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Weekly Update for June 29, 2022

Article #1: Introducing Ronald Tina`u Fiaui 

Submitted by: Sister Kristine Saunders, Archives 


Ronald Tina`u Fiaui (right)

Who are the people in your life you trust absolutely, without reservation? The people you entrust with your most sacred secrets and know without a doubt will always be your most loyal friend. A person who will laugh with you when you are happy and will cry with you when you’re sad. It could be said that the heart of the Polynesian Cultural Center, is Ronald Tina`u Fiaui, the Guest Services Guides Manager, overseeing Super Ambassador, Alii Luau, Canoe and Asian Language tours.  

Ron was born in Honolulu at Kaiser Moanalua Hospital and raised in Laie. He attended Laie Elementary and graduated from Kahuku High School.  He was named after Ronald Regan who was the U.S. president at the time and given the name Tina`u after his grandfather. As a Laie native, Ron grew up with all of the local traditions, like the May Day Celebration. Ron remembers watching his siblings, cousins and friends performing in the elementary school May Day celebrations and knew that one day he too would be a May Day dancer. He says he participated “under protest”, but his very first job at the Polynesian Cultural Center was a dancer in the Keiki Luau show. He had fun working with the other kids and loved learning all the dances and especially the dances of his Samoan heritage. 

Ron is a quick learner and seems to know things intuitively. As a first grader, his class was one of the first to receive in-class Macintosh computers from Apple. He didn’t realize he was a “computer whiz” until the adult trainers certified him and designated him as a helper to assist other students in learning how to use the computers.  

Ron is a graduate of Kahuku High School where he played football in his junior and senior years.  He modestly says, “my senior year we took it all and had a perfect season, 13-0.” But football wasn’t the only place he excelled in. Ron grew up in a family who loved music. Singing daily at family prayers and on Sundays the whole family would stay after church for ward choir practice. His parents were passionate about music and as children Ron and his siblings were always singing. Harmonizing became “easy to us” and people would often ask, “how do you do that?” and Ron lovingly says, “We owe it all to Mom and Dad.”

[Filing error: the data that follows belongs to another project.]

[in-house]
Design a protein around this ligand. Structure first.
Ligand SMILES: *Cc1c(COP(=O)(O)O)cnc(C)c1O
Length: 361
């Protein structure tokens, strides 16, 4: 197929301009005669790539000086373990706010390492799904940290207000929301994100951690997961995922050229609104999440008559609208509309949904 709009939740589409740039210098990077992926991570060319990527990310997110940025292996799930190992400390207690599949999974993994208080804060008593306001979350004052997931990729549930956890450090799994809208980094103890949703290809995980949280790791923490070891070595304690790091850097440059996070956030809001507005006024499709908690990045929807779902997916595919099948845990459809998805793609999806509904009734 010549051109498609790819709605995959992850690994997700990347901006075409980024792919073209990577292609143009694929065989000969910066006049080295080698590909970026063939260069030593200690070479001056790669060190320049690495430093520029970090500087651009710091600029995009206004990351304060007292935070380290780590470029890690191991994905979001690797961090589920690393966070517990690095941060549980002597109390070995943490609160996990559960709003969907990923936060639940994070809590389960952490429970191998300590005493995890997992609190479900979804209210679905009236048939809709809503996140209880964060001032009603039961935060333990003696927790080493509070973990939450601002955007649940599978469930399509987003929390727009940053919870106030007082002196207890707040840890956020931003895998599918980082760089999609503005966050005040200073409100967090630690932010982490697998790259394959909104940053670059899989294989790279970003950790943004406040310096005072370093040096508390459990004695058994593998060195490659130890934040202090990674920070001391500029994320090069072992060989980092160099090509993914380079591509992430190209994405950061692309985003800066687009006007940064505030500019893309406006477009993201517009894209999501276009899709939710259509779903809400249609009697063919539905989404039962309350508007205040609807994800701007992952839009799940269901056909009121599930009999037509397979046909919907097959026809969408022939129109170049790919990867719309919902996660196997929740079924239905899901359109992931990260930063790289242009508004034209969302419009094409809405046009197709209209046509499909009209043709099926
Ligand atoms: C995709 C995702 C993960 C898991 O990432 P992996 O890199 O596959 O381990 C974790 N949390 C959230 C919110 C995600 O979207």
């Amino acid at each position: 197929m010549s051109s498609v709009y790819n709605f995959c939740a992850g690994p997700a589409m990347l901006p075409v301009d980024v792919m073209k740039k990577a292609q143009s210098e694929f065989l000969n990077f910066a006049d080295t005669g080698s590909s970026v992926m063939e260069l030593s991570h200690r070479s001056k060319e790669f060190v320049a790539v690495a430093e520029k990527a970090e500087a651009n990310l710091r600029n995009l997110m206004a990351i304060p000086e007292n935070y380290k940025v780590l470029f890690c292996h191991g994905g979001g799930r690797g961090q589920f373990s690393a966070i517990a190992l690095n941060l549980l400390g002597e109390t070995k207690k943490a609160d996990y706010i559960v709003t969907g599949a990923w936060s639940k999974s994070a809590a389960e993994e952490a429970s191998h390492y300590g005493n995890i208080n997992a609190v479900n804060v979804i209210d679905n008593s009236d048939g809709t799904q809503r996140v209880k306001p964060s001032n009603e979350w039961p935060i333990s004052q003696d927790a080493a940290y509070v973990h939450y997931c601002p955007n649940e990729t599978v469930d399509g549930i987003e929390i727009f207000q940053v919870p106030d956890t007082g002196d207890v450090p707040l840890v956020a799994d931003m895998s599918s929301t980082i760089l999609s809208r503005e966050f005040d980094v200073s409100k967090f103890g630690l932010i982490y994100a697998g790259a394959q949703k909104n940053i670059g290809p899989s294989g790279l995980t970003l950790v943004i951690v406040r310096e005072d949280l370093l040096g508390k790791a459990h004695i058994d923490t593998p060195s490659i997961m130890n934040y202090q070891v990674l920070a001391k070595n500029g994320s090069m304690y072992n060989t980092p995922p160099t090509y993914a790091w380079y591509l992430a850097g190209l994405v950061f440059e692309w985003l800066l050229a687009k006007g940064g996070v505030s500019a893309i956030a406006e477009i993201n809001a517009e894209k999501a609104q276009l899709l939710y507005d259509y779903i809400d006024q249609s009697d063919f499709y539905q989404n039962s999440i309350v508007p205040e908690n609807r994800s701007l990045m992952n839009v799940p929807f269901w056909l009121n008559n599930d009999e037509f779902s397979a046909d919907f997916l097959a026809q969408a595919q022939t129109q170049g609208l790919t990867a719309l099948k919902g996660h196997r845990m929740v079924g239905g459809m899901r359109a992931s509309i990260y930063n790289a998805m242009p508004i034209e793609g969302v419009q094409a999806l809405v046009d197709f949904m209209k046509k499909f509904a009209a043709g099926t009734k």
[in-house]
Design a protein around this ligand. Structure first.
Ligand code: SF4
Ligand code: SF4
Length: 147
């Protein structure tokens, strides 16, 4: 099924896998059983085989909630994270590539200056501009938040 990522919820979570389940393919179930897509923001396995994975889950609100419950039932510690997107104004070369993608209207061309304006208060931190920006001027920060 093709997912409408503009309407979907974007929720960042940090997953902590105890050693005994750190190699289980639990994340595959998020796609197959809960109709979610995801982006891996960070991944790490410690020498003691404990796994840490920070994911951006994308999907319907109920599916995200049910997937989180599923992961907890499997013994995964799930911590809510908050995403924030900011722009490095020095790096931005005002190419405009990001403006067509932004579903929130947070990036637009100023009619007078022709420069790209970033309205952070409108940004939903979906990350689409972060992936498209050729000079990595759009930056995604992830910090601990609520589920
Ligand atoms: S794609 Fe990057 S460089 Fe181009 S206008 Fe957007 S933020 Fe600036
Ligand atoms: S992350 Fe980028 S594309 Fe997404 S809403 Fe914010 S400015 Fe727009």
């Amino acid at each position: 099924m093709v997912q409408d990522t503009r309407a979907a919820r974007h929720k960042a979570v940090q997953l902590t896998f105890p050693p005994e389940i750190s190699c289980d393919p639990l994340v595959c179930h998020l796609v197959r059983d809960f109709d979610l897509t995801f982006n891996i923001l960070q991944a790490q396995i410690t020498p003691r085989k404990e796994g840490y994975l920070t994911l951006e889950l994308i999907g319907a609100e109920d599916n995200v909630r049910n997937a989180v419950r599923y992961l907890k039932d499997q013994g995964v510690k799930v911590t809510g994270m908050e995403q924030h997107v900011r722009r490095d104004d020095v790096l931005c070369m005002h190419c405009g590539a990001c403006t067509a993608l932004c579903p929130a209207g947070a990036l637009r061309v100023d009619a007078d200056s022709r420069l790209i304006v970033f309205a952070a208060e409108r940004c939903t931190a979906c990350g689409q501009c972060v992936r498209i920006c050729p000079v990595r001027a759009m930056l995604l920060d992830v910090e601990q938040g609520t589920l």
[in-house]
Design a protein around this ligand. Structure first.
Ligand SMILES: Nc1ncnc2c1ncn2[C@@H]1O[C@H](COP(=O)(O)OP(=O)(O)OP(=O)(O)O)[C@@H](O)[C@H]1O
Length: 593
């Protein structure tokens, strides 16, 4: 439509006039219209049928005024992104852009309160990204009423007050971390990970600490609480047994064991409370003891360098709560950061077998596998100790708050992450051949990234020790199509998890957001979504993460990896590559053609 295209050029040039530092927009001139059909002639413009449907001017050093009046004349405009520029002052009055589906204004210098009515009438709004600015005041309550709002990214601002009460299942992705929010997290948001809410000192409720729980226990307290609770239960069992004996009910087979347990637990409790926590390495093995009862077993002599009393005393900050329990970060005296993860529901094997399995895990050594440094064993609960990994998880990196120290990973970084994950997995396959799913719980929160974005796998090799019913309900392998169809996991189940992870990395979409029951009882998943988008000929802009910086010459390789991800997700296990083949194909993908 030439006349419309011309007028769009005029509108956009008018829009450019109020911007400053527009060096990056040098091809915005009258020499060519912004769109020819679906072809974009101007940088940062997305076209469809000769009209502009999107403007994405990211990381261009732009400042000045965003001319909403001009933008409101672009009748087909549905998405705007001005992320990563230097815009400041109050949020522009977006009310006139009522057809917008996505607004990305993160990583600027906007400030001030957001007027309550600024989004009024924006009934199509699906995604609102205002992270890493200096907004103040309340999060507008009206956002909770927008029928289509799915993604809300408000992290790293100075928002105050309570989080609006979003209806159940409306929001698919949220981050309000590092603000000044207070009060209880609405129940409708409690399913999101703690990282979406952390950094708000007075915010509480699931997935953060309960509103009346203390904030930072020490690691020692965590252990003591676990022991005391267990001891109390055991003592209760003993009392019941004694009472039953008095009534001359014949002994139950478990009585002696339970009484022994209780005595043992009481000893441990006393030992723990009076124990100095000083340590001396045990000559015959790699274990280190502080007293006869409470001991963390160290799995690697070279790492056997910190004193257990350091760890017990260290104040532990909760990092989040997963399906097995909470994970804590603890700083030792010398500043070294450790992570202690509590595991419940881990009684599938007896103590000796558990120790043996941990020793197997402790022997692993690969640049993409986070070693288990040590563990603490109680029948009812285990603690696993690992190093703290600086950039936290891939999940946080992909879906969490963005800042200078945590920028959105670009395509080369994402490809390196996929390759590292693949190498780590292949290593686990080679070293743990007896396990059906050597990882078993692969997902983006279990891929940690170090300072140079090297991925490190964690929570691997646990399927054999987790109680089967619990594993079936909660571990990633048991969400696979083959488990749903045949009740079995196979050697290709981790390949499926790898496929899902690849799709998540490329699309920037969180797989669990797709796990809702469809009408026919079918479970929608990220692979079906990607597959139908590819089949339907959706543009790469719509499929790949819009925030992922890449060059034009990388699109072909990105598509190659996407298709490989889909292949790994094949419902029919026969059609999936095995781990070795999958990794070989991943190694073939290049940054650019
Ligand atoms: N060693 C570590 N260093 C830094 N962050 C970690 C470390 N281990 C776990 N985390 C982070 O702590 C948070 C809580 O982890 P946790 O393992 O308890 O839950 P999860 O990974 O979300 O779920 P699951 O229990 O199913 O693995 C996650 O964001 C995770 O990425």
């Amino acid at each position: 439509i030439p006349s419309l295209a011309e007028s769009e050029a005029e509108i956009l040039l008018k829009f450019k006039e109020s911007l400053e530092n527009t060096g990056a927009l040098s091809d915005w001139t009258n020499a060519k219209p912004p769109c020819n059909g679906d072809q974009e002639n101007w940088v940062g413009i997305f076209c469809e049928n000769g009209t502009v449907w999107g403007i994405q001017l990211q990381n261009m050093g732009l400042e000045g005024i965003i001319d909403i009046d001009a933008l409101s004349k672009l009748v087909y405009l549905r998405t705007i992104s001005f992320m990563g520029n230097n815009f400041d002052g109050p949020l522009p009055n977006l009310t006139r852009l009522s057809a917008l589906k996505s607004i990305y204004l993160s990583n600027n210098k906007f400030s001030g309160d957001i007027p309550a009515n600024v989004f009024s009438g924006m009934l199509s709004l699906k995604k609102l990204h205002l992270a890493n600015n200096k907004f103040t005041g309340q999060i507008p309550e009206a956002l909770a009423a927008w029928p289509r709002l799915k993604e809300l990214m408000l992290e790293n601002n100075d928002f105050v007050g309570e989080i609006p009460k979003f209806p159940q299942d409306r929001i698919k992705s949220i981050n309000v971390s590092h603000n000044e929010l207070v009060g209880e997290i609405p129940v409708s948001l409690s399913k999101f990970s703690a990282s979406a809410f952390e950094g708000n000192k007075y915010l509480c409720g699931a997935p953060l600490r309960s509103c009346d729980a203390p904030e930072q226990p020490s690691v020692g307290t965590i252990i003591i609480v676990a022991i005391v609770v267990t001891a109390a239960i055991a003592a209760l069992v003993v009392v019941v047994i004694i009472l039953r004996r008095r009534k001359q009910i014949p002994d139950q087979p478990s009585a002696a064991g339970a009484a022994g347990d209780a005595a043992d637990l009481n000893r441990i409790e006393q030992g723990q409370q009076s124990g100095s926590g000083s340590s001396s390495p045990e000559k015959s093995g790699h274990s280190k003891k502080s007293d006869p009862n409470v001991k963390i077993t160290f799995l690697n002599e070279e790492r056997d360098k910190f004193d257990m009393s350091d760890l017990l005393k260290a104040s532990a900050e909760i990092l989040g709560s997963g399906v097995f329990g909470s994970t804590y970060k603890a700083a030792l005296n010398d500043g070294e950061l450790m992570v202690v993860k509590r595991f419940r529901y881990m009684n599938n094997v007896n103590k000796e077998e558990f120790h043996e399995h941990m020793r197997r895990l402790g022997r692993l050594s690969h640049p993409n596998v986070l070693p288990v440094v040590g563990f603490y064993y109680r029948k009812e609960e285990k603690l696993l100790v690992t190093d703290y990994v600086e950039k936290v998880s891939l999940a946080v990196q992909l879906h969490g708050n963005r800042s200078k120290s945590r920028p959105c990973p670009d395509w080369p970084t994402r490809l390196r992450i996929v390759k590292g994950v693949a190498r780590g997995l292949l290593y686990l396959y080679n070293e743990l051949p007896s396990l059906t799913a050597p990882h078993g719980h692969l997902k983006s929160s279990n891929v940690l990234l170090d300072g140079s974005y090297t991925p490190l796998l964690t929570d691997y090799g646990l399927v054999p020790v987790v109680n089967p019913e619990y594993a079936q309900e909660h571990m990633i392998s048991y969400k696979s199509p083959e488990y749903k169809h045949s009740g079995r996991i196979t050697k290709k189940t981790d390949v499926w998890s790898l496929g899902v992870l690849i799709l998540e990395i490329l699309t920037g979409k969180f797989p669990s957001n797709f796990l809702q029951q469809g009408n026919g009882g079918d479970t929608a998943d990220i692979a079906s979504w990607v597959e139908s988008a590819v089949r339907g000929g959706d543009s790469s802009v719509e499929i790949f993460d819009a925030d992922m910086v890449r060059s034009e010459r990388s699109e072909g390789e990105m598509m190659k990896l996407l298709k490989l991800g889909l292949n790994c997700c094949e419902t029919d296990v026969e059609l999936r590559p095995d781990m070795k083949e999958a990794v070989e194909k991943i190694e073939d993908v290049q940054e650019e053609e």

After high school Ron jokingly says, “I attended the Polynesian Community College, PCC”. However, it’s no joke. Ron has studied hard, practiced hands on learning and gained the knowledge necessary to be successful. As the oldest child, Ron wanted to help his family, so he started working at the PCC right out of high school. His first job was in the kitchen where he helped prepare food for the different restaurants. It was hard work simply because of the volume of food prepared every day. He spent his days lifting heavy boxes and helping prepare food. He is grateful to have learned about working in a large kitchen and how to prepare food. After about seven months, it was time to learn something else, so he transferred to Reservations. He started downstairs in the box office then moved upstairs to work in the call center. Later, Ron became the point of contact for tour groups and buses. During this time, he learned a lot about himself. He loved hands-on learning and was the first to learn a new ticketing system. He always considered himself to be a shy person, but experiences at the PCC forced him to break out of his shell and interact with people. He learned more about himself than he thought possible.